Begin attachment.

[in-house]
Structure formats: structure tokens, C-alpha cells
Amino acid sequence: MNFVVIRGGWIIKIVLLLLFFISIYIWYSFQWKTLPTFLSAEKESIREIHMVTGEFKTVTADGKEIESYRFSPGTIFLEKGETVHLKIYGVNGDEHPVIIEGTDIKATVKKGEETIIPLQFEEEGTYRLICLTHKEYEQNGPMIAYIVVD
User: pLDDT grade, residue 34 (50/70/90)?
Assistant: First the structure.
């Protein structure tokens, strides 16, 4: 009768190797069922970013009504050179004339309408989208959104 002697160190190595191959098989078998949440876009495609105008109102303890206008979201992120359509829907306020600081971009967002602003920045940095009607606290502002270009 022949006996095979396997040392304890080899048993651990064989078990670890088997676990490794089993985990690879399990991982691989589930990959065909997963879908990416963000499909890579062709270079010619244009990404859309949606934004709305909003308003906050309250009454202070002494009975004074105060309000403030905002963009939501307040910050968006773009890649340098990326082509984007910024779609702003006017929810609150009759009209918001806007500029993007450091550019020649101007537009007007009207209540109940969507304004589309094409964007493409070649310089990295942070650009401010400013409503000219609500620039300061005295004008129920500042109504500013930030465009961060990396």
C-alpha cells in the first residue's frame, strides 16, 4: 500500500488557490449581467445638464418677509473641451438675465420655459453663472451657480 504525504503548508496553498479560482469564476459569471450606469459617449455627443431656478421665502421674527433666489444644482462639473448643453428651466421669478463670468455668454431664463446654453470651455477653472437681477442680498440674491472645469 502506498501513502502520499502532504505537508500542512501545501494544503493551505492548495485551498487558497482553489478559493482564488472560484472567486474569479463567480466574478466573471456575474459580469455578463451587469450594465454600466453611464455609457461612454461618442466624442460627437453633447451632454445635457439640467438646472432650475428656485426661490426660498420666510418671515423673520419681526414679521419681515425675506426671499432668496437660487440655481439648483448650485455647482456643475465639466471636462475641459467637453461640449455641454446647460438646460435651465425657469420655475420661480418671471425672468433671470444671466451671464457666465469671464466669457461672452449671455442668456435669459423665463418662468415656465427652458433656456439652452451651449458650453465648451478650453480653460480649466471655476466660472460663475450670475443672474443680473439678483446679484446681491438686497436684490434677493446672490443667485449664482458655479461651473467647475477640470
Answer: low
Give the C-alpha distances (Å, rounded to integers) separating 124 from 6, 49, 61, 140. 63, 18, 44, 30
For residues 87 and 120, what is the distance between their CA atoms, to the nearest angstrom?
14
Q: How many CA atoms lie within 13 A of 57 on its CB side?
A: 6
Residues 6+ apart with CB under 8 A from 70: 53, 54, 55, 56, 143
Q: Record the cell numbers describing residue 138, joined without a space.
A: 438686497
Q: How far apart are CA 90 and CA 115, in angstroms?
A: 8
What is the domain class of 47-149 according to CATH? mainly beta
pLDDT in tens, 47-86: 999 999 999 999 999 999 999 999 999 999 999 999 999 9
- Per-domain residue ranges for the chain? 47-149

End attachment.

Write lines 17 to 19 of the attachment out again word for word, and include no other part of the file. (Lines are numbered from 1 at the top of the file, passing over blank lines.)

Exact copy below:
Q: How far apart are CA 90 and CA 115, in angstroms?
A: 8
What is the domain class of 47-149 according to CATH? mainly beta